October 19, 2007 / 7:49 PM / 12 years ago

U.S. health experts seek to calm schools over superbug

WASHINGTON (Reuters) - The headlines are disturbing — schools closing for disinfection, a 17-year-old dead from a drug-resistant “superbug.” But health officials said on Friday it is no new emergency and the best way to deal with the bacteria is simply to wash your hands.

A 1998 colorized scanning electron micrograph depicts a group of methicillin resistant Staphylococcus aureus (MRSA). The bug made headlines this week because of a report in the Journal of the American Medical Association that it caused 94,000 serious infections and nearly 19,000 deaths in 2005 -- most of them in hospitals. REUTERS/Janice Carr/CDC/Handout

The bug causing most of the concern is Methicillin-resistant Staphylococcus aureus, or MRSA — a version of an everyday bacteria that causes pimples, sinus infection and, in rare cases, meningitis and blood infections.

What is worrying about MRSA is that it resists commonly used antibiotics — but not all drugs.

“Extreme measures to ‘disinfect’ an environment like a school really aren’t what is going to be most important in controlling transmission of MRSA,” Dr. Arjun Srinivasan, an epidemiologist at the U.S. Centers for Disease Control and Prevention, said in a telephone interview.

The bug made headlines this week because of a report in the Journal of the American Medical Association that it caused 94,000 serious infections and nearly 19,000 deaths in 2005 — most of them in hospitals.

Then 21 schools in Bedford County, Virginia, were closed after a 17-year-old student died of an MRSA infection. Charles Pyle, spokesman for the Virginia Department of Education, said a thorough cleaning was being done.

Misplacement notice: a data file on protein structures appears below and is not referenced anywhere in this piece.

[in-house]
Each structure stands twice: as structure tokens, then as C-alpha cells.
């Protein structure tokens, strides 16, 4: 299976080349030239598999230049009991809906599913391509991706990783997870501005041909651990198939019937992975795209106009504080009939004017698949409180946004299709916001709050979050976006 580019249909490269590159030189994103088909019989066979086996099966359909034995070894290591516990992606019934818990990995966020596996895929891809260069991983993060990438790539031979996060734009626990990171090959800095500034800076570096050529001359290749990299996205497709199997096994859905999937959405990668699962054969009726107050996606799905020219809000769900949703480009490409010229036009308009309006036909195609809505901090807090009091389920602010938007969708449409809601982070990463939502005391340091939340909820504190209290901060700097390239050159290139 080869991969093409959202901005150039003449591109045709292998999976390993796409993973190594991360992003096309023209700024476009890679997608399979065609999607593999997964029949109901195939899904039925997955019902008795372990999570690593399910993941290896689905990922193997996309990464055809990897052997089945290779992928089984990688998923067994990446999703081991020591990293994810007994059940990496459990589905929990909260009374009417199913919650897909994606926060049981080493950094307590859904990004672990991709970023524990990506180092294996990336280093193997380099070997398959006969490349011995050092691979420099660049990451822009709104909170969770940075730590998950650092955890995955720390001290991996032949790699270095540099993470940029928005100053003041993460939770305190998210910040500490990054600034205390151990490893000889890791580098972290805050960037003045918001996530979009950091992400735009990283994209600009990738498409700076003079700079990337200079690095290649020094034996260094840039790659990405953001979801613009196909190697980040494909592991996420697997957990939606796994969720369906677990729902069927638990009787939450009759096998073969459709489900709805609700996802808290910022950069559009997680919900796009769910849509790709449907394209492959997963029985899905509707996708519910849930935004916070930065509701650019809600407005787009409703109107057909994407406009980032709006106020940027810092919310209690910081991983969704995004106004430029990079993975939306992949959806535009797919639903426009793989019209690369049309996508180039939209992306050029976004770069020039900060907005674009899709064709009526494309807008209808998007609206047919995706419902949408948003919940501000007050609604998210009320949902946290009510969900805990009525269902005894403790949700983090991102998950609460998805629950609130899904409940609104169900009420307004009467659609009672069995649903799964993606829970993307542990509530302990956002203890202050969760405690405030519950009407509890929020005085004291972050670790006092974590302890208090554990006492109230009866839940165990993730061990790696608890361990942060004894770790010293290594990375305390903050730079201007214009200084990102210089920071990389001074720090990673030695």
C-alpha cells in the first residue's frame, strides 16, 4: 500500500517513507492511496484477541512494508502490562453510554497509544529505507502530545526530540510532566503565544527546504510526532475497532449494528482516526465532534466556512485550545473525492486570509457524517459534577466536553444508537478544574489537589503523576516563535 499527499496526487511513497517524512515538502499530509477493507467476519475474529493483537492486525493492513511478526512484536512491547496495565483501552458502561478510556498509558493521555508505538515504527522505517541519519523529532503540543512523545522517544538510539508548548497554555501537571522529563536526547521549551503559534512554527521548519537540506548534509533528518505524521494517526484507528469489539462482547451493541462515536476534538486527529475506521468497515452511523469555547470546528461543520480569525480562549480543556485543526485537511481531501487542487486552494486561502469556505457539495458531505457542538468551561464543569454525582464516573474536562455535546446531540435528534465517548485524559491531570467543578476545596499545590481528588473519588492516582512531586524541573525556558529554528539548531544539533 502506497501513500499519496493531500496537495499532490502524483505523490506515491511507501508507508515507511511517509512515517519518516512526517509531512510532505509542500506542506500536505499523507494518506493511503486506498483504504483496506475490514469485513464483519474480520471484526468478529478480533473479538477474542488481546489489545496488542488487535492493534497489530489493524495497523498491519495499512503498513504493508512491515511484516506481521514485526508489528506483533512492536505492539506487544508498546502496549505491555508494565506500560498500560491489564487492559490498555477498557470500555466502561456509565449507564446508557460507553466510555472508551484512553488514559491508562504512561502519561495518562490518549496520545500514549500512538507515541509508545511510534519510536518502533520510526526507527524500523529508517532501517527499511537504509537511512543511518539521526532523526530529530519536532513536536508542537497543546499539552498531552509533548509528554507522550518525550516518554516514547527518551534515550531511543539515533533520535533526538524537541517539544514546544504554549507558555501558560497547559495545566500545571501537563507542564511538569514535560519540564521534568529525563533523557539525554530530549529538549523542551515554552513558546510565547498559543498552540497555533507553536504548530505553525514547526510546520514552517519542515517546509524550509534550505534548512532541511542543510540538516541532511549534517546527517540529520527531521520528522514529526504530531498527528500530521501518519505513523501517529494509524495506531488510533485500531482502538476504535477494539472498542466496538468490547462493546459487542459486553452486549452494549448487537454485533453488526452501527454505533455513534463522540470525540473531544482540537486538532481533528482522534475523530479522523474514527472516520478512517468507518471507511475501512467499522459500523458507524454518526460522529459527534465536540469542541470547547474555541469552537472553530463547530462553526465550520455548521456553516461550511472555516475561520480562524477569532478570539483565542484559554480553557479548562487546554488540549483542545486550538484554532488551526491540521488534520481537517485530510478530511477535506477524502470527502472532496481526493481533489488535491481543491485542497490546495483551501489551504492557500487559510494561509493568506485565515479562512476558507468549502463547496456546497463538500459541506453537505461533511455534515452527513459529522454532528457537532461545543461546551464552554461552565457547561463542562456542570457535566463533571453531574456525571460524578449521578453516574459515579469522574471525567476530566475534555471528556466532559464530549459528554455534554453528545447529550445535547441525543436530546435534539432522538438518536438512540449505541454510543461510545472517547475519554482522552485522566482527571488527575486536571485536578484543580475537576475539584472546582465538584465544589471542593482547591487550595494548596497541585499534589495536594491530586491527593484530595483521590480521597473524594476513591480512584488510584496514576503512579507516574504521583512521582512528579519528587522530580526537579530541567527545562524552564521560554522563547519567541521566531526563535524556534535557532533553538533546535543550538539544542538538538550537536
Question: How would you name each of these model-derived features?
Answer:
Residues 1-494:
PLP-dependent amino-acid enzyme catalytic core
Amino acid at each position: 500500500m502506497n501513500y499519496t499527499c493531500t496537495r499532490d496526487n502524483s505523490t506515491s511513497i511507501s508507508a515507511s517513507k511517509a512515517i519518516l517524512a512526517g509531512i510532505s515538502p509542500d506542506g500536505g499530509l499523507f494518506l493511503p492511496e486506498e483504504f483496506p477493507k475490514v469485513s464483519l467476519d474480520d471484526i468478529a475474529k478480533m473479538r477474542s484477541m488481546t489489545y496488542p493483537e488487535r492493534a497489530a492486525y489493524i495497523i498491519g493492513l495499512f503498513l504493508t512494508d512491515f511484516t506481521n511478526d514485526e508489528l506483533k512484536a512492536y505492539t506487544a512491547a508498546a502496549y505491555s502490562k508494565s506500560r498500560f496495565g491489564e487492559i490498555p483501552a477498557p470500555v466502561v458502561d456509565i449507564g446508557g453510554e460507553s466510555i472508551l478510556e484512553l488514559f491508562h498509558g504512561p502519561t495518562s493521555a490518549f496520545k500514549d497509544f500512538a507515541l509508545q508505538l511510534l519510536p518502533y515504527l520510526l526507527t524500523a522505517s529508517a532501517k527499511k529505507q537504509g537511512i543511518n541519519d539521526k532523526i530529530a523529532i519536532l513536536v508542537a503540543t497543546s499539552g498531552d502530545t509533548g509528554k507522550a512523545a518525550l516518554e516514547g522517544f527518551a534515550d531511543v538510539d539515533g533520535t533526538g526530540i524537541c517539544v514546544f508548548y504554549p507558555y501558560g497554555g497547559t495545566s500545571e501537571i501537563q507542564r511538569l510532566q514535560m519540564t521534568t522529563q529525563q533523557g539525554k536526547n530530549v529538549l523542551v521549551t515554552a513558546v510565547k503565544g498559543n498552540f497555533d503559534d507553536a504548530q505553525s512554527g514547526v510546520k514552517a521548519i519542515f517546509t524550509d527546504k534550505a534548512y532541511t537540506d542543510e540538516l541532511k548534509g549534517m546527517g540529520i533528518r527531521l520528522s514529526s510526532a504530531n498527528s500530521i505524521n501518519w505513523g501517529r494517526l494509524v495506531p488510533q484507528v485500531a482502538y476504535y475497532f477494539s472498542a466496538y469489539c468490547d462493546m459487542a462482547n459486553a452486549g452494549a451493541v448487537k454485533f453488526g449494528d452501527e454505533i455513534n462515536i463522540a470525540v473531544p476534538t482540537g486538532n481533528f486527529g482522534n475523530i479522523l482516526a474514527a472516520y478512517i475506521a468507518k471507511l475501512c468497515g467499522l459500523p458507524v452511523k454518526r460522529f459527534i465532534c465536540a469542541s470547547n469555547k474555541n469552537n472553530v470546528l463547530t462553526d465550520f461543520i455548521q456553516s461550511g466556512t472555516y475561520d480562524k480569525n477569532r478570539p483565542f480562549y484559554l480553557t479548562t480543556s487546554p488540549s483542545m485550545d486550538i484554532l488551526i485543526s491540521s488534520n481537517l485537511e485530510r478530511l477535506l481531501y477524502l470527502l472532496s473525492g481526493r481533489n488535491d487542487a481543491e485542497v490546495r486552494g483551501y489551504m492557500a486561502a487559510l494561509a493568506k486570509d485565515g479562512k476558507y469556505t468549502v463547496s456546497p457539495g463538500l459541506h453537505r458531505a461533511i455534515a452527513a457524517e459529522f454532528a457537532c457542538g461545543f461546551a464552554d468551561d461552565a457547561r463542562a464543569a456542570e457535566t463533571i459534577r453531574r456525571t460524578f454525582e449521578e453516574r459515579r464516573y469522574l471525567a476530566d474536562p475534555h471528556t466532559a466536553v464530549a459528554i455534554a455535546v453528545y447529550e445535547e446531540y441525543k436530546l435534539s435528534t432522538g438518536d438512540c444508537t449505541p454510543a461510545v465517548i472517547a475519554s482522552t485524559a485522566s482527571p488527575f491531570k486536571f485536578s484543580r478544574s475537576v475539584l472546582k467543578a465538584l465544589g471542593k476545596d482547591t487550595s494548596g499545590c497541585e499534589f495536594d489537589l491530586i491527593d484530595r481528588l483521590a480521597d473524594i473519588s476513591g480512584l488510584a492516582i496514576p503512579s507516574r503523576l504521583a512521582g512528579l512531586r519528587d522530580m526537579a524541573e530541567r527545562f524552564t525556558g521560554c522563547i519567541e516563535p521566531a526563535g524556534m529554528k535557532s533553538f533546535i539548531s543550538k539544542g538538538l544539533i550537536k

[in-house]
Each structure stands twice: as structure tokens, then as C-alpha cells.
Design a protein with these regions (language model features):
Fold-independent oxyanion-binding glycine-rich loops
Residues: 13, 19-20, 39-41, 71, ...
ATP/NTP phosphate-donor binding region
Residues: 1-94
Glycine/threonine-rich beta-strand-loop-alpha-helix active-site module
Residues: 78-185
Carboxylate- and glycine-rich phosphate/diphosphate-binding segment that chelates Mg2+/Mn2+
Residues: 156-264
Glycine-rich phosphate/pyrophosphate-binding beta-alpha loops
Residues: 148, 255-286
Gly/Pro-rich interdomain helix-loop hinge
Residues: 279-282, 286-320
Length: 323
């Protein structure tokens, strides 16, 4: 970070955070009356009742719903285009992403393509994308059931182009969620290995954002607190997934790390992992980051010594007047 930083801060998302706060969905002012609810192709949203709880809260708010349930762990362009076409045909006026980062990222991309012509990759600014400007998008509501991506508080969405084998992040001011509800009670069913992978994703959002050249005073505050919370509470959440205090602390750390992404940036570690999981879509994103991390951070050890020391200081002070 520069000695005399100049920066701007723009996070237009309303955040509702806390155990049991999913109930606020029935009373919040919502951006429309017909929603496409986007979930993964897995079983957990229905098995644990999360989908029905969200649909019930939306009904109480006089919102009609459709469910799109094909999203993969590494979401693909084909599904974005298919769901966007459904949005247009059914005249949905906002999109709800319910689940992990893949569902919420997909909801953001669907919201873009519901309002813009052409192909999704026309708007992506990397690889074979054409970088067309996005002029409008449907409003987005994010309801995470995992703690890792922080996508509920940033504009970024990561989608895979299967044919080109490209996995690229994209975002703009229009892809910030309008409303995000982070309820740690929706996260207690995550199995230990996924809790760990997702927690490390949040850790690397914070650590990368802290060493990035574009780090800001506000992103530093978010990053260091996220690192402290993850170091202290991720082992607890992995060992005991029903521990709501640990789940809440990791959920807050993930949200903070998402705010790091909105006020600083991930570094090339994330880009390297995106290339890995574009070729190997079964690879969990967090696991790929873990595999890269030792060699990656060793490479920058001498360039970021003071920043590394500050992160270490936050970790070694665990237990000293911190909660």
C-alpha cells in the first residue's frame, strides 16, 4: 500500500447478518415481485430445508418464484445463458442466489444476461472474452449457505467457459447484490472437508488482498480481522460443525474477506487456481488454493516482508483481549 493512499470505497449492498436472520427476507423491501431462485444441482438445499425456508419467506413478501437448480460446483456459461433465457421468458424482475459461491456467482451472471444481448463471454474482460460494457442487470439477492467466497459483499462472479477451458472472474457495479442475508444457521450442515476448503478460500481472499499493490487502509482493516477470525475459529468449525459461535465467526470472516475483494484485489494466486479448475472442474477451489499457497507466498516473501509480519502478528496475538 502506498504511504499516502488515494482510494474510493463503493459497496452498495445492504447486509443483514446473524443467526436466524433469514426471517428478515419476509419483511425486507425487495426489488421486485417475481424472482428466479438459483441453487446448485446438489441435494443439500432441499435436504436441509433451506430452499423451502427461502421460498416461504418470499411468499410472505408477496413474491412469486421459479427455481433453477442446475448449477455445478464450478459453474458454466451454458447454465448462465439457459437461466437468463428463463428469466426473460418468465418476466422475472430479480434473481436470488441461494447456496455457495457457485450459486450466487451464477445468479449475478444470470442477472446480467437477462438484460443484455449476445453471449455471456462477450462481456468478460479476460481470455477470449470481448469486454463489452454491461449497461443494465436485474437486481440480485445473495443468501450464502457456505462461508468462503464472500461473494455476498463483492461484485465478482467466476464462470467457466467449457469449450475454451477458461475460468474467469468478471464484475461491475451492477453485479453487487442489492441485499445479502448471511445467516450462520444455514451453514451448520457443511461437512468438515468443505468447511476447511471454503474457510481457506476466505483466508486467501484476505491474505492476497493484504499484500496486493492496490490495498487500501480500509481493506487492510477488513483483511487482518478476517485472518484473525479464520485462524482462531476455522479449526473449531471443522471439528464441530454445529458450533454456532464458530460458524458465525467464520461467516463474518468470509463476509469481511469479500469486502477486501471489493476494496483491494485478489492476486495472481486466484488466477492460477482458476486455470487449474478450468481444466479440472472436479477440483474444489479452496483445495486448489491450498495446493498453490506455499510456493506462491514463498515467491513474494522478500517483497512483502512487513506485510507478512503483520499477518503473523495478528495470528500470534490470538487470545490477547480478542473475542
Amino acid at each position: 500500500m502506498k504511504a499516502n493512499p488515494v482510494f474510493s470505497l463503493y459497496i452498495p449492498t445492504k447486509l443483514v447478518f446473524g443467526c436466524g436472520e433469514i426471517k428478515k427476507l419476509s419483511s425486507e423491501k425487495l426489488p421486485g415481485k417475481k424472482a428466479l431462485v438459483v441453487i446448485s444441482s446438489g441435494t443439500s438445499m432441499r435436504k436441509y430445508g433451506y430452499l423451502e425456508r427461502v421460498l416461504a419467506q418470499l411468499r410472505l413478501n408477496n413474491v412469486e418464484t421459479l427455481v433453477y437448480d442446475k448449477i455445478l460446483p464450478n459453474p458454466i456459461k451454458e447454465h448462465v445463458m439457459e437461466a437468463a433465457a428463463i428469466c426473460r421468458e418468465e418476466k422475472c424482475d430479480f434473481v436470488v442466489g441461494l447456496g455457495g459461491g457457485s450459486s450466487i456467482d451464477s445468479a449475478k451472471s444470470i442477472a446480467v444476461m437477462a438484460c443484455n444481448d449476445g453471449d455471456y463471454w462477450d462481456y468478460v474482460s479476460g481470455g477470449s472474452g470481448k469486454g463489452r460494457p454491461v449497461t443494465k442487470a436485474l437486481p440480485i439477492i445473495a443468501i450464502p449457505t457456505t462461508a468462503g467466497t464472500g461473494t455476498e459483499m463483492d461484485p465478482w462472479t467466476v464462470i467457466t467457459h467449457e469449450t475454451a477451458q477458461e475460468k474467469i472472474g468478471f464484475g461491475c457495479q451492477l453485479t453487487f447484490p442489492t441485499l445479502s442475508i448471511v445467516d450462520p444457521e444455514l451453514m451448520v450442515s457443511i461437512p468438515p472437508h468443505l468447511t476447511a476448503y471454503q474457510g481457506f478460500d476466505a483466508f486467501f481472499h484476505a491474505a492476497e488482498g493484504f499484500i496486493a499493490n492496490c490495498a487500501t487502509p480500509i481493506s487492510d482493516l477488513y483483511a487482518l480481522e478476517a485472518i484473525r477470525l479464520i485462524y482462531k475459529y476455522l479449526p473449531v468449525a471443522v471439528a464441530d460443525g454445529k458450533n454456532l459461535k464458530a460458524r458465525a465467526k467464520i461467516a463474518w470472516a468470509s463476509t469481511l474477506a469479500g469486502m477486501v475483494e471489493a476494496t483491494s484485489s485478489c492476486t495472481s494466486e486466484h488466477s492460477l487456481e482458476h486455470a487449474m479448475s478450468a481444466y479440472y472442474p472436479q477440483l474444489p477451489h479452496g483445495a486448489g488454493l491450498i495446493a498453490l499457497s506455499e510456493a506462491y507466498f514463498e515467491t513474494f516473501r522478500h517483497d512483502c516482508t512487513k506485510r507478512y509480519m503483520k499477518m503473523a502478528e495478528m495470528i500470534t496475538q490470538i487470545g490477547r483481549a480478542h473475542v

Many school districts, including the one in Washington, D.C., contacted parents to reassure them that there had been no cases of MRSA at their schools.

The Senate even passed an amendment on Thursday requiring the Agency for Health Research Quality within the Department of Health and Human Services to use $5 million to identify and suppress the spread of MRSA.

“This is a dangerous and deadly germ which is spreading all over the country,” said Iowa Democratic Sen. Tom Harkin, the amendment’s sponsor. “It is costing schools and communities thousands of dollars to clean up but the cost to human life and suffering is growing faster.”

But CDC officials say there is no new emergency and nothing has changed.

“We understand why people are concerned. But we also want to emphasize that MRSA infections are common,” said Srinivasan.

“MRSA is a common cause of skin infection. Almost all of these infections are readily treated by commonly available antibiotics and by draining the lesions.”

He added: “It is not glamorous but it is very true — hand hygiene is by far the best means to prevent the spread of all diseases.”

Schools may also be prudent to disinfect surfaces in places like locker rooms or common showers that someone with a scrape or an open cut or boil may to touch, said Srinivasan.

“But contamination of the environment by MRSA has not been the predominant factor in transmission of MRSA. What we have found is that most of this transmission seems to occur from direct contact.”

The CDC said it planned to place guidance for schools on its Web site, www.cdc.gov.

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